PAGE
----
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Collect testimonials and ambassadors

In this article, we discuss how collecting testimonials and recruiting ambassadors can help you to promote Prosper at your institution. We give suggestions for how you could do it and provide examples of how we did it.

Prosper ambassadors

What is a Prosper ambassador?

A Prosper ambassador is anyone who will promote Prosper to their peers at your institution and beyond, if desired.

An ambassador could be a postdoc who’s engaged with your Prosper career development offer, a PI or manager of researchers, a member of your senior leadership staff, or even an engaged employer partner. 

Why recruit ambassadors?

Personal testimony about the value of Prosper from a peer is a highly valued endorsement.

Encouraging people to become ambassadors and if necessary, providing them with support, such as communications templates like email text or slides, will be beneficial for embedding Prosper at your institution. 

What is the benefit for ambassadors?

The ambassadors are aiding their peers to access your Prosper career development offering. Their motivation to do so is that they value the offering so highly that they want to encourage others to benefit.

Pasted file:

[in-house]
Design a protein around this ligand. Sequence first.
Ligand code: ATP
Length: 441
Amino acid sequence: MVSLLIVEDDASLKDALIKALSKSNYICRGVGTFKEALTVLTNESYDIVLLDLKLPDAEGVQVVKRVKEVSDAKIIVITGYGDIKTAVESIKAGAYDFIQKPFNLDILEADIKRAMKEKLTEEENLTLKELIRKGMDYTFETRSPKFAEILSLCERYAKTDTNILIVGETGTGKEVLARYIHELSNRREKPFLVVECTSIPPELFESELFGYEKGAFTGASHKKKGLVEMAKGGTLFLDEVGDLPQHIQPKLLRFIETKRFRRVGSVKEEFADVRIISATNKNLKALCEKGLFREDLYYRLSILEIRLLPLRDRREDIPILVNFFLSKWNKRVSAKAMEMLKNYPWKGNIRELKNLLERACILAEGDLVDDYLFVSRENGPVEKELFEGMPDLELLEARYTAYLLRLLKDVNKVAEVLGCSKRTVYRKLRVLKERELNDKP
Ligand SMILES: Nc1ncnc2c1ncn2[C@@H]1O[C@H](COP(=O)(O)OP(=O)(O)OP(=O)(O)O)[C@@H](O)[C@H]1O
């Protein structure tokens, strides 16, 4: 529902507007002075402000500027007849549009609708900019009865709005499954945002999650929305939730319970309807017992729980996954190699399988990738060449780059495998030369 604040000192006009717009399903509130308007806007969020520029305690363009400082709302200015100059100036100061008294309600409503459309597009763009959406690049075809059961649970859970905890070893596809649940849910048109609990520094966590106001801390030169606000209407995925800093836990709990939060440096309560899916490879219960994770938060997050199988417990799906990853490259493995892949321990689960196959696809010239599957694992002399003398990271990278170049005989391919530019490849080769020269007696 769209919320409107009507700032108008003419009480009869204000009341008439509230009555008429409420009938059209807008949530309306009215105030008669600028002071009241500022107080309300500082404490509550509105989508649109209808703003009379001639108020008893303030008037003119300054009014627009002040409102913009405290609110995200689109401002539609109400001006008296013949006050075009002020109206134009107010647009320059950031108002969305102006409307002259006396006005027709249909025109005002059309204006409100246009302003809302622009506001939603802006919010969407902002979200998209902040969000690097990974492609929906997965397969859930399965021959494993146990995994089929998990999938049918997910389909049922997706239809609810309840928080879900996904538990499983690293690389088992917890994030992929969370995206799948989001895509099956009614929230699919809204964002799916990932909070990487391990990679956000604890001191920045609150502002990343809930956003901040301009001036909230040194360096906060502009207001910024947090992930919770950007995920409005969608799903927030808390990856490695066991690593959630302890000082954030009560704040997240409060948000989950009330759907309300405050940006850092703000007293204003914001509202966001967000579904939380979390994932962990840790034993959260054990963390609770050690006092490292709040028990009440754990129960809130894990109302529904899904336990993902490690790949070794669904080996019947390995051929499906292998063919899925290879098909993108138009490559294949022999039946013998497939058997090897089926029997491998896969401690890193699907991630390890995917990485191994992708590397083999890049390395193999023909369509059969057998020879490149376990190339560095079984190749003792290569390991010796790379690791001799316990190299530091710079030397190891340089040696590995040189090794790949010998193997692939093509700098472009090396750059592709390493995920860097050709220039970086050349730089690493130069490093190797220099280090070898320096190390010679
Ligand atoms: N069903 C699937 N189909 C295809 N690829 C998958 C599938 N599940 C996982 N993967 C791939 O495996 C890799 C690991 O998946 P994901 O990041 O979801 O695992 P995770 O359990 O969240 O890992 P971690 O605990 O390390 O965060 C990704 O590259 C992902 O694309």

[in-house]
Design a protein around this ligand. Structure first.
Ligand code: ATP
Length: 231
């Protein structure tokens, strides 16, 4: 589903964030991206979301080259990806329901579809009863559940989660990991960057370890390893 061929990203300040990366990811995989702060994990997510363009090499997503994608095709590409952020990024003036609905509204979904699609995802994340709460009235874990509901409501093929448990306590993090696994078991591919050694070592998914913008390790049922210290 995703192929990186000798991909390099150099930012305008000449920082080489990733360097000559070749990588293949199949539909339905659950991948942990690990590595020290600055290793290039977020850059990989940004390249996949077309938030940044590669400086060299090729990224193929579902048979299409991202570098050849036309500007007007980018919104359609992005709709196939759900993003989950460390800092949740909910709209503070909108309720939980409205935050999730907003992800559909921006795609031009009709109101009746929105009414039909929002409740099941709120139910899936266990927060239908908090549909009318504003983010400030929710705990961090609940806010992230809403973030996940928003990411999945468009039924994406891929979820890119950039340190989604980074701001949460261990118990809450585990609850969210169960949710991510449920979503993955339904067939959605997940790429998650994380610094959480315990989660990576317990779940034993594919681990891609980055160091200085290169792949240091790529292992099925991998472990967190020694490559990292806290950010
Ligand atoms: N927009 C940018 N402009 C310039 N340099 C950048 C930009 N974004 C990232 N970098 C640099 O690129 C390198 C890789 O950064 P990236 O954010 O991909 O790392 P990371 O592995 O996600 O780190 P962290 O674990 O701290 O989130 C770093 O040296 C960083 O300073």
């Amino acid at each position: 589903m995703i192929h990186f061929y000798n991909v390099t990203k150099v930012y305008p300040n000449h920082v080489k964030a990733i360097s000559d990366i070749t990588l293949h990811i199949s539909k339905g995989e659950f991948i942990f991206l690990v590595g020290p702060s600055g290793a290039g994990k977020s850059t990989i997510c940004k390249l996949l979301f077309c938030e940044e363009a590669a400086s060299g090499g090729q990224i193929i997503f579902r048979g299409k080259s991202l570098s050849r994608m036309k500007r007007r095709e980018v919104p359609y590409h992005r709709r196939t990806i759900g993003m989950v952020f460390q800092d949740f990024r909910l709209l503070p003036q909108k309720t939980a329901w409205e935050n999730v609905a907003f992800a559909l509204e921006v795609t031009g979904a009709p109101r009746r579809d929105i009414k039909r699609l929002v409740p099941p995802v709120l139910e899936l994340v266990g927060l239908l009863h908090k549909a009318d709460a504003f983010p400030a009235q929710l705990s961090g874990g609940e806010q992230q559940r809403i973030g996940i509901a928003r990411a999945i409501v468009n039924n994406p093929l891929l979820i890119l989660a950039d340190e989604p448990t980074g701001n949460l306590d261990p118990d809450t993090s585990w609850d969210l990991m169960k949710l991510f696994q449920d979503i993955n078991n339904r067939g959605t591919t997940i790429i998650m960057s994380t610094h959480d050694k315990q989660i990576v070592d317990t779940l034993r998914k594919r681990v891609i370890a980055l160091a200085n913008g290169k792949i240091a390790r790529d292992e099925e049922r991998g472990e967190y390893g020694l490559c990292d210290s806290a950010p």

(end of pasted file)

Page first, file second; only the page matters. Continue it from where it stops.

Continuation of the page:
Being an ambassador isn’t too time consuming or onerous as to become a burden on them. Postdocs who’ve done this, without prompting, find aiding their peers in this way rewarding.

‘Funnily enough, I had a mentee during the time of Prosper and she wasn’t on Prosper, but I directed her to the Prosper portal. She actually got a job in industry using all your materials’

Postdoc working in Biomedical and Biological Sciences

How can you recruit your own Prosper ambassadors?


To recruit postdoc ambassadors, you could invite engaged postdocs to talk about their Prosper career development experiences at events, institutional podcasts or by simply talking to their peers.

Providing the postdocs with opportunities to share their experiences or empowering them with mini slide decks can grow your pool of ambassadors. A more formal approach if you are running a Prosper cohort would be to include an expectation to become a Prosper ambassador in the participant's agreement.

Other members of staff